Hamaayan / The Torah Spring
Edited by Shlomo Katz
Yitro: What Does It Take to Change?
Volume XVI, No. 17
20 Shevat 5762
February 2, 2002
Orach Chaim 577:1-579:1
Daf Yomi (Bavli): Bava Metzia 72
Daf Yomi (Yerushalmi): Terumot 9
Our parashah opens: “Yitro, the priest of Midian, the father-in- law of Moshe, heard all that Hashem had done for Yisrael.” The gemara (Zevachim 116a) asks: What specifically did Yitro hear that made him come to join Bnei Yisrael? The gemara offers three answers: Rabbi Yehoshua says, “The war with Amalek.” Rabbi Elazar Ha’modai says, “The giving of the Torah.” Rabbi Eliezer ben Yaakov says, “The splitting of the sea.”
R’ Moshe D. Tendler shlita explains that these three Sages are answering the question: What motivates a person to make a complete break with his past and begin life anew? Amalek, according to Rabbi Yehoshua, demonstrates the potential for evil which is within all men. When the world did not protest Amalek’s unprovoked attack on a defenseless Bnei Yisrael, Yitro severed his ties to that world.
No, says Rabbi Elazar. The realization that man can be evil is more likely to depress and paralyze a person than to uplift him. For man to improve requires the realization that there is a higher purpose that is within man’s reach. It was the giving of the Torah which moved Yitro.
Rabbi Eliezer does not accept the view of either of his colleagues. A “Torah,” i.e. a code of conduct, alone is not enough to uplift a person. Every group has its “Torah”; in a debased society, however, that code of conduct can itself become the tool of evil. What inspired Yitro was the splitting of the sea, for here finally was a Law-Giver – Hashem – who uses His laws towards the ends of justice. (Pardes Rimonim p.5)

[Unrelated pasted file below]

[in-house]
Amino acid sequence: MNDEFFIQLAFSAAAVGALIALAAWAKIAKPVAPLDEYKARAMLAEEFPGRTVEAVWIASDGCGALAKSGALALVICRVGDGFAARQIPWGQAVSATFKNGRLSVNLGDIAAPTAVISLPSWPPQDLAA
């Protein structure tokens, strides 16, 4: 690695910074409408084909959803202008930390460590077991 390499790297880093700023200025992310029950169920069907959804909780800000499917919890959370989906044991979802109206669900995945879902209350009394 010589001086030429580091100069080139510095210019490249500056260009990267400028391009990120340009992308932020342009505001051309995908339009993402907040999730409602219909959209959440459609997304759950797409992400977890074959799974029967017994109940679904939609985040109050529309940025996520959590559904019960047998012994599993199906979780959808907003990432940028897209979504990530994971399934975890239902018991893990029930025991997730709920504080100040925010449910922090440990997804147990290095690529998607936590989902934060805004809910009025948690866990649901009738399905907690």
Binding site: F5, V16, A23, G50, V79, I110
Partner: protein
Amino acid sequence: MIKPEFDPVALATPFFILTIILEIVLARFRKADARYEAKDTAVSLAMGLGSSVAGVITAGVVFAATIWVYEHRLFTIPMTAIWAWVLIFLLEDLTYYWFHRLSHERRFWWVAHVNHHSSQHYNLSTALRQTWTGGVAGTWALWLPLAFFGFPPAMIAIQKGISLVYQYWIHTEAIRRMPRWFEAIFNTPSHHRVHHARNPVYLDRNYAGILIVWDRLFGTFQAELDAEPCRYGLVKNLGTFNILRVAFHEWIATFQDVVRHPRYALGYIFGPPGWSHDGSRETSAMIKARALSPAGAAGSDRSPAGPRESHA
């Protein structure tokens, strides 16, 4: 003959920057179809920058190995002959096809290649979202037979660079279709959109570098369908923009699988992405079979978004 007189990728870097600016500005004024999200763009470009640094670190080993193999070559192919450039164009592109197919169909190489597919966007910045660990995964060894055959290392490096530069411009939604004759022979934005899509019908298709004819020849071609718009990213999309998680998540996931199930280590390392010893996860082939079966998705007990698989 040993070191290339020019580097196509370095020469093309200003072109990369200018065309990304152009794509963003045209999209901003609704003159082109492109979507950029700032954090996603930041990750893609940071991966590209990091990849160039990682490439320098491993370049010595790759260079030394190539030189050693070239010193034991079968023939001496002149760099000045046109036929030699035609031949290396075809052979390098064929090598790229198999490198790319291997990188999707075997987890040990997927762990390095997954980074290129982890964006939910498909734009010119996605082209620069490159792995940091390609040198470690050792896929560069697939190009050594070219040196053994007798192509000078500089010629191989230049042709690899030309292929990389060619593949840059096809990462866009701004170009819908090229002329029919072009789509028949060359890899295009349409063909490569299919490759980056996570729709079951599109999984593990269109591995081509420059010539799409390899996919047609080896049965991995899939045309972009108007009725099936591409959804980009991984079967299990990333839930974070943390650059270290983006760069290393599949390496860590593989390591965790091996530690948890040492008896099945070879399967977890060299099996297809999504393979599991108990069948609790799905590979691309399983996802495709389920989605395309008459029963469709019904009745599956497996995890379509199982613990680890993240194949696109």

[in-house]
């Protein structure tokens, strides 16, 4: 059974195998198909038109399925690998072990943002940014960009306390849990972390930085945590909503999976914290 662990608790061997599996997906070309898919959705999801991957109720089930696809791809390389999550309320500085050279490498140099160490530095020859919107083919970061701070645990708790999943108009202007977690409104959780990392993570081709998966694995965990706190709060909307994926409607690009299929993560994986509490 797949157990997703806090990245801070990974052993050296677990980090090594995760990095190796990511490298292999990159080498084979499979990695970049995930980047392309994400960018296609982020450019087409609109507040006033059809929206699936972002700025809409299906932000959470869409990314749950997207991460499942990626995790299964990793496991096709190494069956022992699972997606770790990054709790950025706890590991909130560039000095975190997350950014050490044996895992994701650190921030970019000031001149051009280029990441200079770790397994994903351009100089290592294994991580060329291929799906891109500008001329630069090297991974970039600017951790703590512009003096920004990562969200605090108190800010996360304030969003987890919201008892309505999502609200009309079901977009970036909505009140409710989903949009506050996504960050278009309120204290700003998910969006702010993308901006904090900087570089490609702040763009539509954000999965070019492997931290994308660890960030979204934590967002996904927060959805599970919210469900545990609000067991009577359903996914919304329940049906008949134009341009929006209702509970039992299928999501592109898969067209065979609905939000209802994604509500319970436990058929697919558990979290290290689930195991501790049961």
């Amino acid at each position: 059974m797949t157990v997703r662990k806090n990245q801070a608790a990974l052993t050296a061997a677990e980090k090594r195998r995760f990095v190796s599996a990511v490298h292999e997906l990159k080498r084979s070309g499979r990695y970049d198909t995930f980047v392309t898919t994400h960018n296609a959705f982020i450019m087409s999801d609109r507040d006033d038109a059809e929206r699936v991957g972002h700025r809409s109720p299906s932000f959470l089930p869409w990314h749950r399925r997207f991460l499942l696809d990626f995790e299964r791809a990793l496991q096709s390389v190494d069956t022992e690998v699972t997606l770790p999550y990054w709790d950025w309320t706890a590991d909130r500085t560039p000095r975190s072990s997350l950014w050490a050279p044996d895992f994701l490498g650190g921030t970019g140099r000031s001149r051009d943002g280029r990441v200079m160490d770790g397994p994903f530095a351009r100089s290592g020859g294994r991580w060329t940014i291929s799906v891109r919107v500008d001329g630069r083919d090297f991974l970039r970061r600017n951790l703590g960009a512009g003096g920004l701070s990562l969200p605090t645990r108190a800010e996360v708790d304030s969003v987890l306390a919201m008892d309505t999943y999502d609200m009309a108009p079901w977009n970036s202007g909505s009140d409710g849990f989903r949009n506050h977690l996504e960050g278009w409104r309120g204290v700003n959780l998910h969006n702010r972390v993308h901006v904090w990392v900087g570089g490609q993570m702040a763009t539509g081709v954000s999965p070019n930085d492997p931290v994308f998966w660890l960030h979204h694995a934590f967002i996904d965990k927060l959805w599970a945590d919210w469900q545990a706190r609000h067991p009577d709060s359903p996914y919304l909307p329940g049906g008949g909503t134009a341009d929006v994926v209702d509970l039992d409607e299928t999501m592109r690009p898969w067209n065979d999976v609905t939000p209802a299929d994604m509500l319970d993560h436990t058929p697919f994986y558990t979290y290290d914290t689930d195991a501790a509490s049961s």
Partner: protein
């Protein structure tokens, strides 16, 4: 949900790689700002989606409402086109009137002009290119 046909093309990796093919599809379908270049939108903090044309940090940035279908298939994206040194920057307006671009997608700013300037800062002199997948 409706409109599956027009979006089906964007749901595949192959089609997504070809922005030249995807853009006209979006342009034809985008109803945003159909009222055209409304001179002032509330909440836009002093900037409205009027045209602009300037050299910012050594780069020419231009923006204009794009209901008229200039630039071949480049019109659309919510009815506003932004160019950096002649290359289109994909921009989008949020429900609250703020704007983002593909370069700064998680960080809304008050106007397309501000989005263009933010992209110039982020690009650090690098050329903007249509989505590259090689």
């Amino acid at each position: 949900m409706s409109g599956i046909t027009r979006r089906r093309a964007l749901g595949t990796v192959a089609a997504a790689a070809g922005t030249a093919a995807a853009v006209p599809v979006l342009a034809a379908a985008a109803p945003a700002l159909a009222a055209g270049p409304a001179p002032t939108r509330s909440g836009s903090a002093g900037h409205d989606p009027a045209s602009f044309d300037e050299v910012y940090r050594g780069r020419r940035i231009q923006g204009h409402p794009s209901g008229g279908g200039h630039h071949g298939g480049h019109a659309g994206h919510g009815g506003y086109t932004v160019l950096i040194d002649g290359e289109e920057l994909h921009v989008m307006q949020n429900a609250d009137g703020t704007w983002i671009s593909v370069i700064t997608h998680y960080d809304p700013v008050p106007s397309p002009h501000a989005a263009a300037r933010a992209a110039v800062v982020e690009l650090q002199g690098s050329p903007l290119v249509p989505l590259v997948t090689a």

The gemara interprets this verse to mean that Hashem lifted the mountain above Bnei Yisrael and told them, “If you accept the Torah – fine. If not – this will be your burial place.” This implies that Bnei Yisrael did not accept the Torah willingly.
Numerous commentaries note that this appears to contradict the verse (Shmot 24:7), “[Moshe] took the Book of the Covenant and read it in earshot of the people, and they said, `Everything that Hashem has said, na’aseh ve’nishmah / we will do and we will obey!'” This verse suggests that Bnei Yisrael did accept the Torah willingly.
R’ Baruch Rabinowitz z”l (Munkatcher Rebbe; later, Chief Rabbi of Sao Paulo, Brazil and Holon, Israel; died 1999) offers the following explanation: If Hashem wanted to force Bnei Yisrael to accept the Torah, why did He have to do it by holding the mountain menacingly over their heads? The gemara says that Hashem created the world conditionally and that He would have destroyed it if Bnei Yisrael had not accepted the Torah. Wasn’t this knowledge sufficient to force Bnei Yisrael to take the Torah?
The answer is that Bnei Yisrael’s knowledge that the world’s existence depended on their accepting the Torah did not force them to accept the Torah. We have to breathe to live, but we do not say that we are “forced” to breathe! We enjoy breathing. We have to eat, but we do not say that we are “forced” to eat! We enjoy eating. Similarly, we had to accept the Torah or the world would be destroyed, but because we enjoy studying and observing the Torah, we do not think of ourselves as forced to do so.
Why then did Hashem have to use any kind of force to give the Torah? Because what we have said above is only true of the nation as a whole. There are individuals who think that they can get by without Torah (just as some people do not eat properly). This explains our Sages’ teaching that the Jewish People accepted the Torah anew after Haman’s downfall, this time willingly. Haman had planned to kill all Jews without differentiating the individual from the group. Thus the Jewish People realized that all Jews share the same fate, and every Jew needs the Torah. (Divrei Nevonim)